Saturday, June 29, 2013

Calvin vs. Augustine on Free Will?

I recently came across the link, Luther and Calvin v. Augustine and Justin Martyr on Free Will on a blog entitled Shameless Popery. Obviously, on a blog with a url including the phrase "catholic defense," Luther and Calvin are probably not going to fare well.

Calvin and Luther are said to "contradict themselves throughout their writings."  Luther is said to be "the first of a long string of Protestant theologians to make these sort of internally-incoherent arguments" in regard to the will. Calvin is said to "talk himself in circles" on free will.

What fascinated me about this entry was the comparison of Augustine to Calvin on the issue of the will:

Both Luther and Calvin are big fans of St. Augustine, and derive their views on predestination and free will in part from some of Augustine's writings (particularly one of his speculative works, his Letter to Simplician). But taking a fuller view of Augustine's own writings, it's clear he was neither a Lutheran nor a Calvinist on the issue of free will related to salvation.

Calvin's view is basically presented as utter fatalism, while a snippet from Augustine's City of God is presented to show that humans committing atrocities are responsible for their actions. The basic argument appears to be thus: in Calvin's theology of the will, humans committing atrocities would not be responsible, while in Augustine's they would be. Calvin didn't believe in free will, while Augustine did. Case closed.

What isn't presented in this entry is any sort of analysis as to what is meant by free will other than the following:

Admittedly, free will is a bit of a mystery. We don't fully grasp what it is, or how it works. It puzzles theists and atheists alike. But we can be sure that it exists, in part because it is necessary for God's Justice, and in part because we cannot coherently speak of it not existing (any more than we can coherently speak of a self-caused universe arising without God).

There are a few problems here as I see it. First, the writer appears to assume we all basically have the same understanding of the will, which is at best, naive. Second, the will is defined (for lack of a better term!) in regards to philosophical speculation (the will must be necessarily free for God to be just) rather than according to Biblical theology. One  passage is mentioned, Ezekiel 14:6, but that verse assumes what has never been biblically defined, a free will.  I can excuse those problems to a degree. I realize what's being put forth is a short blog entry rather than a detailed study. But what I find inexcusable is a third problem:  neither Augustine nor Calvin's view is fleshed out in any meaningful way. It's just assumed Calvin was a fatalist and Augustine believed in free will. Calvin is not only guilty of being a fatalist, he's also guilty of not treating Augustine honestly (cf. this entry as well).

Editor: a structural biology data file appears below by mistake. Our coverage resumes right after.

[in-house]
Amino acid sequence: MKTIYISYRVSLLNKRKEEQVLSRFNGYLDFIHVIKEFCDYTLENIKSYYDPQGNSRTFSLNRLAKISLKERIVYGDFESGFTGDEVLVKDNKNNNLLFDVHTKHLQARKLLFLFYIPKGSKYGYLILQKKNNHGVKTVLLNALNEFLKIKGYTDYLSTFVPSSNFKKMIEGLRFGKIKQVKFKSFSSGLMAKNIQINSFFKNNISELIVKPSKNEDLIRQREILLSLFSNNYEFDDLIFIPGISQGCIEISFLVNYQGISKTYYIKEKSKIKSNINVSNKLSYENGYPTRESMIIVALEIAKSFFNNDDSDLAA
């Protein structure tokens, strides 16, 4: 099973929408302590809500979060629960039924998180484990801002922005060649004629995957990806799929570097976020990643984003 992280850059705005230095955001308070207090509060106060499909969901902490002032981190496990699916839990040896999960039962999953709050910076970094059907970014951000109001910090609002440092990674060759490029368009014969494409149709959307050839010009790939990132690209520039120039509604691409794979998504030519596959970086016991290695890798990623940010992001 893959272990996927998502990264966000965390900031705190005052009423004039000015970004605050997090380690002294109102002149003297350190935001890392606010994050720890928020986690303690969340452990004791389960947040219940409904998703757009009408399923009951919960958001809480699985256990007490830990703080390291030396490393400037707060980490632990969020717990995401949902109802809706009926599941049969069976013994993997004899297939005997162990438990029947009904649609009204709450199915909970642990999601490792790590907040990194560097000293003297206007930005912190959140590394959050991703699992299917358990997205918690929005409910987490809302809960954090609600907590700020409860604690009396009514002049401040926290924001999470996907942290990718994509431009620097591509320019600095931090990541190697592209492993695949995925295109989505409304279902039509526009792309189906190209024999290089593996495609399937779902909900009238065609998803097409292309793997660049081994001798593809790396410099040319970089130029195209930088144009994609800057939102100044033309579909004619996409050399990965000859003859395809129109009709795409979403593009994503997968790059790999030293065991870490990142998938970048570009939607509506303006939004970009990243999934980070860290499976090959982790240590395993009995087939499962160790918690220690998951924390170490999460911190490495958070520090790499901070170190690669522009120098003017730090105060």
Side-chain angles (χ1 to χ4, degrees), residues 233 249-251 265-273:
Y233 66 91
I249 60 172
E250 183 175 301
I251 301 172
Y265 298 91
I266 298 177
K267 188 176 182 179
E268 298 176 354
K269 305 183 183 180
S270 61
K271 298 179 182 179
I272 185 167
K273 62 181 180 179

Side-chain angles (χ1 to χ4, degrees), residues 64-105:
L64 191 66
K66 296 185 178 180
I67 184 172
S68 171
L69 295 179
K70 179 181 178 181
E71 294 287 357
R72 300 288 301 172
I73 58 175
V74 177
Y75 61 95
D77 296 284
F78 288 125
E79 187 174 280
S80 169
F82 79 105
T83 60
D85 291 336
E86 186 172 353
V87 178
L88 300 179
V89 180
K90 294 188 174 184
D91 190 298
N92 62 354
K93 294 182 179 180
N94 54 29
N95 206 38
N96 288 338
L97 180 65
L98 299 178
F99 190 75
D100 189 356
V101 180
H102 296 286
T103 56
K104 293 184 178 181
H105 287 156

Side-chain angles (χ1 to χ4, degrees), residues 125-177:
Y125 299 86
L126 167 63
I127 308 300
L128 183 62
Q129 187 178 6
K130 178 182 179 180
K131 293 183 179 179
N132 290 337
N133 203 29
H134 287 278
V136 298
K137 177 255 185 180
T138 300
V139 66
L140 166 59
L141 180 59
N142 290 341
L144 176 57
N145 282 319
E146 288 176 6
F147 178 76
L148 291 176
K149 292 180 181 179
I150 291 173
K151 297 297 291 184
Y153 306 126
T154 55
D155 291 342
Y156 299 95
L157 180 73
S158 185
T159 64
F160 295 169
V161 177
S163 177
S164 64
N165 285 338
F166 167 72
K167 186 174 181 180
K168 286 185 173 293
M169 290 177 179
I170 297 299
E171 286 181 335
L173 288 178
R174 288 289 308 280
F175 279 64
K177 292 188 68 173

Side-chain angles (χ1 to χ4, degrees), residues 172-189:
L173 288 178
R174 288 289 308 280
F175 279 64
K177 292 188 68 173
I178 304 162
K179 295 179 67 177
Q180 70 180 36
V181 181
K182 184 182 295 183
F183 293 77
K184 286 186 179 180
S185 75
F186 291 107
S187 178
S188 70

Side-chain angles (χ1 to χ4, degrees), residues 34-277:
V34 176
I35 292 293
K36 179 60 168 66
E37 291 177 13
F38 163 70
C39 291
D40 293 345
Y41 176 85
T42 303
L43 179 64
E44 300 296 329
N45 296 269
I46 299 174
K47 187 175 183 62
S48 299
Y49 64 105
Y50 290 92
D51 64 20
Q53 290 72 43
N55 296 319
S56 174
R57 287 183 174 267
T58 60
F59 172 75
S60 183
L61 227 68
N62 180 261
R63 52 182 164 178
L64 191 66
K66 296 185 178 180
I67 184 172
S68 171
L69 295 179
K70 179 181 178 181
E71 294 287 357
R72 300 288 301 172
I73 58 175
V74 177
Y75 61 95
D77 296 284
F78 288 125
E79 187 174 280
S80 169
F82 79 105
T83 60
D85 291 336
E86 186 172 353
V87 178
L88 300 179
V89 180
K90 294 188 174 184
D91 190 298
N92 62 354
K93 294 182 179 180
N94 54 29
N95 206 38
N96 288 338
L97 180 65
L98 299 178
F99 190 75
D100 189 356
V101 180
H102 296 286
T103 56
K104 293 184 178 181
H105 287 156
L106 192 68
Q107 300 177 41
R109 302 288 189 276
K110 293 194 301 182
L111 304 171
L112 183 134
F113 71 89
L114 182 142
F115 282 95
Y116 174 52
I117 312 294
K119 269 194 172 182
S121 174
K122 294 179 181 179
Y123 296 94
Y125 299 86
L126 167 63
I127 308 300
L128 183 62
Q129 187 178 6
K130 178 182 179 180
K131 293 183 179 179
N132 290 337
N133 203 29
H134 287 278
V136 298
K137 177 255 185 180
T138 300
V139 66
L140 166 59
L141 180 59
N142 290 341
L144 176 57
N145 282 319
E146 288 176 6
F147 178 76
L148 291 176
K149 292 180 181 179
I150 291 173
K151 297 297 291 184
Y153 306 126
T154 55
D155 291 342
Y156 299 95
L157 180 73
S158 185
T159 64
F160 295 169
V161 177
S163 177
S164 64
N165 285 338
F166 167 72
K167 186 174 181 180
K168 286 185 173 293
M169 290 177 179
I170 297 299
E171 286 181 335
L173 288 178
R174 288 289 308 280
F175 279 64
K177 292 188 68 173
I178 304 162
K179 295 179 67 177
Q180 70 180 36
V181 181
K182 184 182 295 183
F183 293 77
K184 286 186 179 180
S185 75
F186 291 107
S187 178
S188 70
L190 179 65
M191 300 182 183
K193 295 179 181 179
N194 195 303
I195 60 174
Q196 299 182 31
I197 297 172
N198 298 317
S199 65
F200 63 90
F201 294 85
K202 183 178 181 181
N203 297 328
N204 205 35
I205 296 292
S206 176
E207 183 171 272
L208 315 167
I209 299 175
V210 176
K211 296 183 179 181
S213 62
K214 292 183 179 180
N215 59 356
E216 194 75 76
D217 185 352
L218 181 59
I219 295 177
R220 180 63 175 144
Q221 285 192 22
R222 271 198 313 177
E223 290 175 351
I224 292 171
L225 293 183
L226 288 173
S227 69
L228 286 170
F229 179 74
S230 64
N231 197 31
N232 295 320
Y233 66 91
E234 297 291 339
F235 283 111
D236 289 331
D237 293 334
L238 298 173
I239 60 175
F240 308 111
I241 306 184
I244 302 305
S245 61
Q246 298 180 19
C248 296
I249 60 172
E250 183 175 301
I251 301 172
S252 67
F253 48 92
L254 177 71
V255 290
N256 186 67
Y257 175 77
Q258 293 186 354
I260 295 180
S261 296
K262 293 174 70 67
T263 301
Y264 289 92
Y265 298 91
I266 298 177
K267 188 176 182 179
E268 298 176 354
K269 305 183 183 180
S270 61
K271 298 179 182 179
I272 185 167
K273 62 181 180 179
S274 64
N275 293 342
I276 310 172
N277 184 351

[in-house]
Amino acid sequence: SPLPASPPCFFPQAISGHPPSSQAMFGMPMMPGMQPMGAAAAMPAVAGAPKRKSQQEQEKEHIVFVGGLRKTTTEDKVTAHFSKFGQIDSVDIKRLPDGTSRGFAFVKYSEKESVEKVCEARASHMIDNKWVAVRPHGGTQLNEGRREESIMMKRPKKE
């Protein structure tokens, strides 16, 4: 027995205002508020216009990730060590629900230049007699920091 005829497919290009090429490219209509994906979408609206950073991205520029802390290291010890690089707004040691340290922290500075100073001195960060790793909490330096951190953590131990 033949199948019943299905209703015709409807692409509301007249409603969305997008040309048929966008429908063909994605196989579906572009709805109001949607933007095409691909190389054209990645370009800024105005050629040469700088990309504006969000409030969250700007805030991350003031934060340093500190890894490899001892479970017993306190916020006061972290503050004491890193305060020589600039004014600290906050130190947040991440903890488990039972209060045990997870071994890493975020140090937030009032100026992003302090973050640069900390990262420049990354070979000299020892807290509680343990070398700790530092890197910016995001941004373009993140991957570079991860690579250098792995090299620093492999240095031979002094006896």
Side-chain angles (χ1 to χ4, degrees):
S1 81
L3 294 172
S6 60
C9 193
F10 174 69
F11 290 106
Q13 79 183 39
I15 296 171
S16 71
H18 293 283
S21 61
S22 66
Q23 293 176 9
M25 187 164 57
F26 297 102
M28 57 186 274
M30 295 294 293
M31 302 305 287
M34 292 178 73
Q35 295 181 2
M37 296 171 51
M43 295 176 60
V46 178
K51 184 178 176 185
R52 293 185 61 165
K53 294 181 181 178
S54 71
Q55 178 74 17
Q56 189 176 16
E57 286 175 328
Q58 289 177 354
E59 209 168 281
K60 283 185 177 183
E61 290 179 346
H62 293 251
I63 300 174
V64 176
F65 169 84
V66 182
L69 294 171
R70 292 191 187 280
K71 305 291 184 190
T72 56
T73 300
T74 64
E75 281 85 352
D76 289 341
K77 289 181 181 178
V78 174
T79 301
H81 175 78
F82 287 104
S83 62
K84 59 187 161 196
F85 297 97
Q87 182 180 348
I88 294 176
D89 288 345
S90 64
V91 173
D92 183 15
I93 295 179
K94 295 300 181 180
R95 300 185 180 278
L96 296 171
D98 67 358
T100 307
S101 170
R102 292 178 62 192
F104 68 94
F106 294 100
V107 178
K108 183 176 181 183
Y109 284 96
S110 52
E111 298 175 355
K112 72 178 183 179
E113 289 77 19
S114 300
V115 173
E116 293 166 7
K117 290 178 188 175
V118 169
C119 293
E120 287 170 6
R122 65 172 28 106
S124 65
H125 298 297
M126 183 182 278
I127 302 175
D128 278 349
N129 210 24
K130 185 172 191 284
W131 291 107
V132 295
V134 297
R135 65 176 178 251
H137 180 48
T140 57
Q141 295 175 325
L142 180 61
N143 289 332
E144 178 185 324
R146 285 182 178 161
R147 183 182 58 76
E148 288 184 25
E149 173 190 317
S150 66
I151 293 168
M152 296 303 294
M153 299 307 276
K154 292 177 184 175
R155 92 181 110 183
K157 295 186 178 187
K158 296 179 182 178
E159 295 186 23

This is indeed shameless popery. This sort of shameless popery in regard to Calvin goes all the way back to 1542 in which a Dutch Roman Catholic theologian, Albert Pighius, wrote a direct response to the 1539 edition of The Institutes. Calvin had stated that apart from Augustine, the early fathers of the church were all over the map on the issue of the will. Pighius pointed out that it may appear in some places that Augustine held to an enslaved will, but if all of Augustine's works are taken into consideration, Augustine is rather the champion of free will, and is in harmony with those who came before him.

Calvin did not dismiss these charges, but actually hastily responded to much of what Pighius had written, particularly using patristic allusions or citations.  Twenty-five of Augustine's writings are either named or cited., three writings of Pseudo-Augustine were used (along with mentioning doubts about authenticity) , and at least thirty-three other patristic sources appear to have been used. Calvin makes abundant allusions or citations of Augustine's writings. Contrary to Shameless Popery, Augustine's Letter to Simplician (mentioned above as that which was of major importance to Calvin's view) is cited one time. There have been studies to ascertain Calvin's citations in his response, most notably by A.N.S. Lane. It appears that while Calvin presents rather loose citations of Augustine, Lane contends this was probably because he worked from memory (he no longer had the source in question) and wrote in haste.  If this proves anything, it proves Calvin's intellect, memory, and familiarity with Augustine.

Lane states that Calvin sincerely believed he was on the same page with Augustine in regard to human will. In one revealing comment, Lane states: